With service providers looking to respond to the fast-growing requirements of consumer and enterprise users, many are turning to network functions virtualization (NFV) as a way to improve network performance, minimize the time needed to launch and maintain services, and lower costs.
The development of NFV brings with it a set of new opportunities – by transitioning to a software-centric network, service providers can bring scalability and elasticity to their operations, improve service provisioning, and offer new revenue-generating services.
According to a report published by SNS Research, "SDN and NFV investments will grow at a compound annual growth rate (CAGR) of about 45 percent between 2017 and 2020, eventually accounting for nearly $22 billion in revenue by the end of 2020."
Clearly, NFV can help address many of the issues service providers face, and will be part of their plans moving forward. However, when making a paradigm shift such as this, the following are a few of the top things to consider to avoid early mistakes when implementing this technology.
- Build out a concrete set of use case with a measurable ROI – As much as CSPs want to believe wholeheartedly in the promised benefits of NFV and dive right in, this is a trap they should avoid. Operators can spend months or years upgrading their network infrastructure thinking they understood the needs of their users, only to realize they missed the mark.
This is why it's important to build out a proper use case that reflects the business value it can add. By carrying out an analytics project to understand the potential uses of a technology, and measure the type of impact it would have on actual incoming orders, then service providers can have strategic plan in place to ensure the success of their investments.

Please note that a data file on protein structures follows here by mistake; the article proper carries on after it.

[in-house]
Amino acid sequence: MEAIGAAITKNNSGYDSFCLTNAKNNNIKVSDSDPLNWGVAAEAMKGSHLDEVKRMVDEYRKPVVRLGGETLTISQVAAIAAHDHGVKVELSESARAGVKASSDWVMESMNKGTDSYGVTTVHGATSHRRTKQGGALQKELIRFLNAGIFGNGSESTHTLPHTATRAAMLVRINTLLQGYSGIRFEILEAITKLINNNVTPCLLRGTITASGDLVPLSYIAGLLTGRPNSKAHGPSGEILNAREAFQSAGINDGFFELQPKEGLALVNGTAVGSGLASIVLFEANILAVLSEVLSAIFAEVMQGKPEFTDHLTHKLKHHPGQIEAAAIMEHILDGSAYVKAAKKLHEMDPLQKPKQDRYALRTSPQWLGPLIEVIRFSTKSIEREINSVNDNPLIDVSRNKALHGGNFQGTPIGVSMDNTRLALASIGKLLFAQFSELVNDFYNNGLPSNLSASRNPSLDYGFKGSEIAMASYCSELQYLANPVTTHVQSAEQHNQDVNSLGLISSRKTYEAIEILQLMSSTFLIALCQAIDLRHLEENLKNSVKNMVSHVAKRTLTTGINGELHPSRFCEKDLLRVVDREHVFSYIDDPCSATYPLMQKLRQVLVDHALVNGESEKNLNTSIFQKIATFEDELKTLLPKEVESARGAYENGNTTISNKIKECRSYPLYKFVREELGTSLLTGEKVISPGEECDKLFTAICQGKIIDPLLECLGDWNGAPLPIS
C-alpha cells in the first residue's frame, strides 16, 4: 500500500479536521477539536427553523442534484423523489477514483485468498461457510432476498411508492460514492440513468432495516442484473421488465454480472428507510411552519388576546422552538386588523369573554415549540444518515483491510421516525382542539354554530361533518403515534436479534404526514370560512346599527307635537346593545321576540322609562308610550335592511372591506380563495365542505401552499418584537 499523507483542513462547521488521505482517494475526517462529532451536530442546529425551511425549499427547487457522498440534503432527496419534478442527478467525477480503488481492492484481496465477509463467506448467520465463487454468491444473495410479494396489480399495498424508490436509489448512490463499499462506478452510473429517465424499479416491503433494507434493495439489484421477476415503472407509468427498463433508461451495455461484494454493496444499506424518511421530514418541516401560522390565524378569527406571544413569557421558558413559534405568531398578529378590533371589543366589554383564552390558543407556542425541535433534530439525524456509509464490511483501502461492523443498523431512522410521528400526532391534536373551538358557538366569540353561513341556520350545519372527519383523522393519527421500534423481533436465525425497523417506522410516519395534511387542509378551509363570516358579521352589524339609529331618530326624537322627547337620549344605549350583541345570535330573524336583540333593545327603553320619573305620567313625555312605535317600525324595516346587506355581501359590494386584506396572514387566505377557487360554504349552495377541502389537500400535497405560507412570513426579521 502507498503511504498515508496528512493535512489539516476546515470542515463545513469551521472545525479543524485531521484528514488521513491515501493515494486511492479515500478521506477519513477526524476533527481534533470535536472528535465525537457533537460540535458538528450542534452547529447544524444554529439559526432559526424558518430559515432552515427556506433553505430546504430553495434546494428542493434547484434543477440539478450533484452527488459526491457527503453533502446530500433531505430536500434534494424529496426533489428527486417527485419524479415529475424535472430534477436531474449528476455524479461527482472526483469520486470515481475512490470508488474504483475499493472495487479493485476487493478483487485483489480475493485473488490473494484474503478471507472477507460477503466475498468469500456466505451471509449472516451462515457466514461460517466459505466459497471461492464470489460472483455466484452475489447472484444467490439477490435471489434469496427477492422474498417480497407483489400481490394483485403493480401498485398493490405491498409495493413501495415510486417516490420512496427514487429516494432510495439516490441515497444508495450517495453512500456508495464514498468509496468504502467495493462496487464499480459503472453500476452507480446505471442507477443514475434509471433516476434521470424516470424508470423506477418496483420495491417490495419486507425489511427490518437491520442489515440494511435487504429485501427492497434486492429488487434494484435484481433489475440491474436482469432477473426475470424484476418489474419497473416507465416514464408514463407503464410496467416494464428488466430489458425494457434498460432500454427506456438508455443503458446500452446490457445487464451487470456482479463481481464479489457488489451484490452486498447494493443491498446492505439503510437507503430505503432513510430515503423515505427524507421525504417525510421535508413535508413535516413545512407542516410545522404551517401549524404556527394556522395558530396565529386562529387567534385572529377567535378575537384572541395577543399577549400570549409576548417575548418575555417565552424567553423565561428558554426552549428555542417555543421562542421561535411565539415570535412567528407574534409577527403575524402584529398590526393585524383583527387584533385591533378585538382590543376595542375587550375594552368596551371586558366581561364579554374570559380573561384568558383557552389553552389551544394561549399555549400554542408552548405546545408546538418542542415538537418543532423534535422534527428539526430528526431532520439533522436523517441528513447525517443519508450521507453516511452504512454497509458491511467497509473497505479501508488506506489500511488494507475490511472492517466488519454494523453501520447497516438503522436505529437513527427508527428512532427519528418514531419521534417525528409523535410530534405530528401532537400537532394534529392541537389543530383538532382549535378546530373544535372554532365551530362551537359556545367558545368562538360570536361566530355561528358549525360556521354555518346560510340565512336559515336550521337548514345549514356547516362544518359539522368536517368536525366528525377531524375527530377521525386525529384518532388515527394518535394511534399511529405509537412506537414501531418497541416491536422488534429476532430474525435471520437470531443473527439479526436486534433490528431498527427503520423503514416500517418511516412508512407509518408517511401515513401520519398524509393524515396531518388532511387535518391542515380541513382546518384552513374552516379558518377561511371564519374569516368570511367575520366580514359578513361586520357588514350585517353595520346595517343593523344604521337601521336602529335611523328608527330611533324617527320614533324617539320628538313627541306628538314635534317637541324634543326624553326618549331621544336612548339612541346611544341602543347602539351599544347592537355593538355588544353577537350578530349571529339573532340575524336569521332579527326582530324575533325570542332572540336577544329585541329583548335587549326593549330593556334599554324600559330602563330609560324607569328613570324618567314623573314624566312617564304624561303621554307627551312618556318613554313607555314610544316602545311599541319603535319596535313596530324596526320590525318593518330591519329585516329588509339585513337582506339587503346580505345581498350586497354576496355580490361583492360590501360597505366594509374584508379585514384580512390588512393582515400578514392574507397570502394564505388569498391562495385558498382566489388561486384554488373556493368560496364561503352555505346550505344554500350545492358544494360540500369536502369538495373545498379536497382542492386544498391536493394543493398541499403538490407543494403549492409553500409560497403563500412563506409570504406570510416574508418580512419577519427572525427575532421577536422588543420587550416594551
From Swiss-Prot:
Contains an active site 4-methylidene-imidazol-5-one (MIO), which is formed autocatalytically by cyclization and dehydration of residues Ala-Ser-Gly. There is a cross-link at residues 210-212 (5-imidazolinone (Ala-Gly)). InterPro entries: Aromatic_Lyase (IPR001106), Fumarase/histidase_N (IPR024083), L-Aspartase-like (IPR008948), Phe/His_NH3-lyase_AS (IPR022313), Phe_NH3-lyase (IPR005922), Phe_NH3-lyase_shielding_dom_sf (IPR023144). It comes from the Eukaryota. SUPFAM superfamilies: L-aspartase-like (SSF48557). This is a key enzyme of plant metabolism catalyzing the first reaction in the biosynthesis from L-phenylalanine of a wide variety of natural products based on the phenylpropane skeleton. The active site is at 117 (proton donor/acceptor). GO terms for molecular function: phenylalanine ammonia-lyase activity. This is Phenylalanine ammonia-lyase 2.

- Implementing key processes from the start – Successful NFV operations depends on the ability to automate. This has been discussed frequently by analysts, vendors, and service providers alike. In order to realize the full benefits of virtualization, automation needs to be implemented from the start.
In the case of telecom, a key aspect to consider when implementing NFV is the concept of automation. Due to its centralized approach to network operations, NFV by it's very nature is reliant on automation. For instance, its possible for a tool monitoring the network to detect the need for more memory in a network function. With NFV, that tool can go ahead and automatically add that memory without involving any human intervention.
- Avoid using legacy processes and systems to monitor the network – Simply put, legacy systems cannot support the business needs of tomorrow's virtual network. Why not? Well, these tools are not flexible or scalable enough to cope with the massive volume of changes and the multiplicity of environments.
While the whole idea of NFV is to build a uniform network, operators can also quickly run into the issue of having a fragmented environment made up of multiple vendors and teams where data is locked in silos. In order to have a clear view of operations, service providers need to have a solution in place that can de-silo, ingests, and correlates all your network big data.
With the enhanced agility, elasticity, and complexity of NFV, a minor infrastructure performance issue monitored by a legacy software solution can rapidly escalate to become a major negative event. To be able to guarantee quality and availability of services, service providers require a next-generation solution that can effectively manage complex, high-value services with the flexibility, performance, and scalability NFV networks require.
CSPs, vendors and industry pundits are all forecasting a significant rise in SDN and NFV projects as virtualization is simply too compelling to be ignored. But in order to ensure the success of their digital transformation, they need to be wary of this mistakes to avoid.